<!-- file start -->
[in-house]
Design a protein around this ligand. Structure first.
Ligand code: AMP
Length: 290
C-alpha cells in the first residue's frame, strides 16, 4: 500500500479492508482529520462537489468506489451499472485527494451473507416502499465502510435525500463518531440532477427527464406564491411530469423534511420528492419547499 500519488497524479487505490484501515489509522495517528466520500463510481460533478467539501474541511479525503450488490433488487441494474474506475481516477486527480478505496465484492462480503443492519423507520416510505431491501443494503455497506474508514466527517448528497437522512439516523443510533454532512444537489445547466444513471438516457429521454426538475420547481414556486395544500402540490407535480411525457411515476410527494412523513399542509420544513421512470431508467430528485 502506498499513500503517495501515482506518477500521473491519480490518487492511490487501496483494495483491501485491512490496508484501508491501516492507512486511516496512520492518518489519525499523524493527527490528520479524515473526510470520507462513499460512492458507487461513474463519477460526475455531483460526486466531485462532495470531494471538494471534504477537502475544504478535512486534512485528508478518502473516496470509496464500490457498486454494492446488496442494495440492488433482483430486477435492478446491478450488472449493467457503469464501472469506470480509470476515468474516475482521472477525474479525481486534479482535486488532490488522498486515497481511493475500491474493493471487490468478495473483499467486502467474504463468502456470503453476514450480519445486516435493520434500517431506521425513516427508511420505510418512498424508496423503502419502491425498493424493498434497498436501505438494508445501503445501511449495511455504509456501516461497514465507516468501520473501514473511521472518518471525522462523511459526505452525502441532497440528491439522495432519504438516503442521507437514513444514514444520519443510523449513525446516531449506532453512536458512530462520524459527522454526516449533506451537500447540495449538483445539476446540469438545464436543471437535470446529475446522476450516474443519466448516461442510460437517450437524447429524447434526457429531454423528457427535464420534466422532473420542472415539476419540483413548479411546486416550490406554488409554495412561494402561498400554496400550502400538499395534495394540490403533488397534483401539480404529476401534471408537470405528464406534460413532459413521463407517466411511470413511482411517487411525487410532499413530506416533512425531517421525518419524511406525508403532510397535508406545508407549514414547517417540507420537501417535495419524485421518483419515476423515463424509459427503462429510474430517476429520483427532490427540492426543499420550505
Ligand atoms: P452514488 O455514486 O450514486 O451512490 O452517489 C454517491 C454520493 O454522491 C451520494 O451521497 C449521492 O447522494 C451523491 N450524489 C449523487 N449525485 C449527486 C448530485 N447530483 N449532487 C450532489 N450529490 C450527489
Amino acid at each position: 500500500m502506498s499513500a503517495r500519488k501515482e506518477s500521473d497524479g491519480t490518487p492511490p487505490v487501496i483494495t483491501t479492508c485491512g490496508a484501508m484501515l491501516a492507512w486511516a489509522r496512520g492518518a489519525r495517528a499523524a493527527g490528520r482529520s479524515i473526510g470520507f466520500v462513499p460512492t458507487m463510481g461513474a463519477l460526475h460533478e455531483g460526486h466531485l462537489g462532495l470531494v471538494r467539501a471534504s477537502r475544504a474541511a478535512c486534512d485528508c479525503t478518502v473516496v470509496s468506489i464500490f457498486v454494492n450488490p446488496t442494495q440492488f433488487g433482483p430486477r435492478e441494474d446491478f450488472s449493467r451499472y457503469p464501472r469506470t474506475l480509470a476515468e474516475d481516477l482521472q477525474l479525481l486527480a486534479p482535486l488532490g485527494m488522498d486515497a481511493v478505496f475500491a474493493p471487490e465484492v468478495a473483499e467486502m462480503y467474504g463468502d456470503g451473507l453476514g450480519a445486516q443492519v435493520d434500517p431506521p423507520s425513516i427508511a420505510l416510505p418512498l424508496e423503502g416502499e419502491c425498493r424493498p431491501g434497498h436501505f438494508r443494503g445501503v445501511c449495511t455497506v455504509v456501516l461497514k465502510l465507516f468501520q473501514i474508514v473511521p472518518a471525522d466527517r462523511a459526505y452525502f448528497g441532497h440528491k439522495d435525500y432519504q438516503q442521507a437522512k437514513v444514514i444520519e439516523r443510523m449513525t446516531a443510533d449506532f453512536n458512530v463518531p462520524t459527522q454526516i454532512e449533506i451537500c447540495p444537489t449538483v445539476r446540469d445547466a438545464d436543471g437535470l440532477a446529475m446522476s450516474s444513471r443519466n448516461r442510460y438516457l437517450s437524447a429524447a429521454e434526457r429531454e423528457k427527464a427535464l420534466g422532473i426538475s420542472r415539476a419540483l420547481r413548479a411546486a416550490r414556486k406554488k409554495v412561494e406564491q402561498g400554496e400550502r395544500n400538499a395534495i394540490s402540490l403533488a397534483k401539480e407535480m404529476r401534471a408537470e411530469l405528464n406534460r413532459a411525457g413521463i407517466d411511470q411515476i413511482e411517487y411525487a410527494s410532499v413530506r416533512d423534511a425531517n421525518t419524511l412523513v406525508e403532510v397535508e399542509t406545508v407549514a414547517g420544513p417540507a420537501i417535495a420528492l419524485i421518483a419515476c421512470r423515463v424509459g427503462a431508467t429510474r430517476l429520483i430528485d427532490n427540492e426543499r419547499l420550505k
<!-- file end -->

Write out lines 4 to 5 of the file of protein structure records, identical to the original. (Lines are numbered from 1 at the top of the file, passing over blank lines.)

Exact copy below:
Length: 290
C-alpha cells in the first residue's frame, strides 16, 4: 500500500479492508482529520462537489468506489451499472485527494451473507416502499465502510435525500463518531440532477427527464406564491411530469423534511420528492419547499 500519488497524479487505490484501515489509522495517528466520500463510481460533478467539501474541511479525503450488490433488487441494474474506475481516477486527480478505496465484492462480503443492519423507520416510505431491501443494503455497506474508514466527517448528497437522512439516523443510533454532512444537489445547466444513471438516457429521454426538475420547481414556486395544500402540490407535480411525457411515476410527494412523513399542509420544513421512470431508467430528485 502506498499513500503517495501515482506518477500521473491519480490518487492511490487501496483494495483491501485491512490496508484501508491501516492507512486511516496512520492518518489519525499523524493527527490528520479524515473526510470520507462513499460512492458507487461513474463519477460526475455531483460526486466531485462532495470531494471538494471534504477537502475544504478535512486534512485528508478518502473516496470509496464500490457498486454494492446488496442494495440492488433482483430486477435492478446491478450488472449493467457503469464501472469506470480509470476515468474516475482521472477525474479525481486534479482535486488532490488522498486515497481511493475500491474493493471487490468478495473483499467486502467474504463468502456470503453476514450480519445486516435493520434500517431506521425513516427508511420505510418512498424508496423503502419502491425498493424493498434497498436501505438494508445501503445501511449495511455504509456501516461497514465507516468501520473501514473511521472518518471525522462523511459526505452525502441532497440528491439522495432519504438516503442521507437514513444514514444520519443510523449513525446516531449506532453512536458512530462520524459527522454526516449533506451537500447540495449538483445539476446540469438545464436543471437535470446529475446522476450516474443519466448516461442510460437517450437524447429524447434526457429531454423528457427535464420534466422532473420542472415539476419540483413548479411546486416550490406554488409554495412561494402561498400554496400550502400538499395534495394540490403533488397534483401539480404529476401534471408537470405528464406534460413532459413521463407517466411511470413511482411517487411525487410532499413530506416533512425531517421525518419524511406525508403532510397535508406545508407549514414547517417540507420537501417535495419524485421518483419515476423515463424509459427503462429510474430517476429520483427532490427540492426543499420550505